Art-wise, it's not particularly bad, but it's much different from CLAMP's later art styles (seen in Gohou Drug, XxXHolic, and Tsubasa Chronicles). Then again, this is only to be expected, given the fact that this was drawn a good seventeen years ago. Fans of CLAMP's newer works may not like the style as much, but the only difference to it is that it's a bit more old-fashioned. The biggest difference is probably the eye style.
The biggest problem with this series is just the randomness of its beginning. Since each chapter involves a different "job," with little or no interconnected features between chapters, it's very difficult to get a feel of the characters since characterisation in such a manner is nearly impossible. However, if you stick around long enough, the characterisation does progress, and characters do become deeper. As mentioned earlier, foreshadowing also emerges, and the ending does a great job of explaining the past and creating a revenge theme for the sequel.
In short, this series is very good if you give it a chance. The beginning might seem unoriginal with common themes of the complexities of humanity and whatnot, but these issues are eventually fixed as the series progresses.
CLAMP's best work
Unlike the mess that X is, there's only three main characters, Subaru, Hokuto, and Seishirou. They are all already acquainted from right from the beginning so as the story progresses (sort of episodically following along Subaru's jobs) you become invested in the relationships between them. What elevates this from the typical shoujo (err, shonen-ai) series is that it delves deeply into the nature of human feelings. It deals with themes of sacrifice, hatred that comes from love, betrayal, etc. Both good and bad sides of human nature. And at the end CLAMP pulls out the rug from under you with a cliffhanger that at the same time feels like a good ending. P.S. - the art is a little rough but very charming. X is definitely more polished illustration-wise but I like TB's better.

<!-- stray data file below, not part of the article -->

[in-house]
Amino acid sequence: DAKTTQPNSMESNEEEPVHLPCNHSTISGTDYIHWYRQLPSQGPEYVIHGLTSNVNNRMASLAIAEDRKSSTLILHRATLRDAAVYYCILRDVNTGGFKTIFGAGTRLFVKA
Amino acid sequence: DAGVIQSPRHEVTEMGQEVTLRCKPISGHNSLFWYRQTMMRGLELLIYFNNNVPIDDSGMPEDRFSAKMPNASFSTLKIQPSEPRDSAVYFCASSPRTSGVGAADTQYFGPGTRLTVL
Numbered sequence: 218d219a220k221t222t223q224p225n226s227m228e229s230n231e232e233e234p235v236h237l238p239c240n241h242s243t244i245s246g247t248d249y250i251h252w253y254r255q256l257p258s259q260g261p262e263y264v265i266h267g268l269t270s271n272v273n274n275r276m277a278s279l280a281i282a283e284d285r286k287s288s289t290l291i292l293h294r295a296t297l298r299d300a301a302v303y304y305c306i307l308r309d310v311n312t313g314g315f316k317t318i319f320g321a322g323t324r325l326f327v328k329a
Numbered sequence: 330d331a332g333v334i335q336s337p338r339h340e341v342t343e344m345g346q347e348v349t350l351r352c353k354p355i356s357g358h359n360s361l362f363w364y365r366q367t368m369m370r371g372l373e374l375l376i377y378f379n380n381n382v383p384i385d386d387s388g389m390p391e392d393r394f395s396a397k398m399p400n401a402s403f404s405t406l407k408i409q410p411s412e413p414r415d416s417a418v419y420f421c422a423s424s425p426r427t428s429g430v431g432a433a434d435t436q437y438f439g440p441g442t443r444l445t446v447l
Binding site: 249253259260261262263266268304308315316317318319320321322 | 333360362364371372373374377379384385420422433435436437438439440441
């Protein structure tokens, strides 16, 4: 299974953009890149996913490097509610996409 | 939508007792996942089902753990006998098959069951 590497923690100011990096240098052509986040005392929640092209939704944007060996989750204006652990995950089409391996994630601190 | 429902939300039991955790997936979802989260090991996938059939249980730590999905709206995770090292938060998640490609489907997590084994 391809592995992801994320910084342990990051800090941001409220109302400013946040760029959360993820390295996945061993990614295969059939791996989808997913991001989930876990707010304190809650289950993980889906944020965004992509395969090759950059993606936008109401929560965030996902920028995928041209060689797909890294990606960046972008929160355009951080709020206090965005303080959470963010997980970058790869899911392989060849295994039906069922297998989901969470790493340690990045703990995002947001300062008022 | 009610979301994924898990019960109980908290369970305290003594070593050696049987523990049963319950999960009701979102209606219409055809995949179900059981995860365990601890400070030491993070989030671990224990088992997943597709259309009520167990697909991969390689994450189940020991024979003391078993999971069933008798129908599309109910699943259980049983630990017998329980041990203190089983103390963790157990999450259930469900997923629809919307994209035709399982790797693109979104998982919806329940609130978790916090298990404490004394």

... Last updated on December 28th, 2006, 5:06pm
If you want to find out what happens to those two people in the end, read Volume 16 of X/1999. You don't have to read the whole X/1999 series if you don't particular love it. Those two people don't show up much in the whole series anyway.
what turned me into a fujoshi
Of course this story is far from one of the bests if you look at it right now, but at that time I really felt this was legendary. Don't mind the cliches... that time, cliches hadn't been really cliches. I read this when I was abut 8-9 years old, and for me that age, it's not explicit enough to make me realize "OMG homo", but not implicit enough to make me not realize how I prefer boy x boy love rather than the normal one. until now, I think Subaru x Sakurazuka still remain one of my favourite couples. Rather than love, I think it's more suitable to say that they're obsessed in each other like a selfish kid who wants their toys.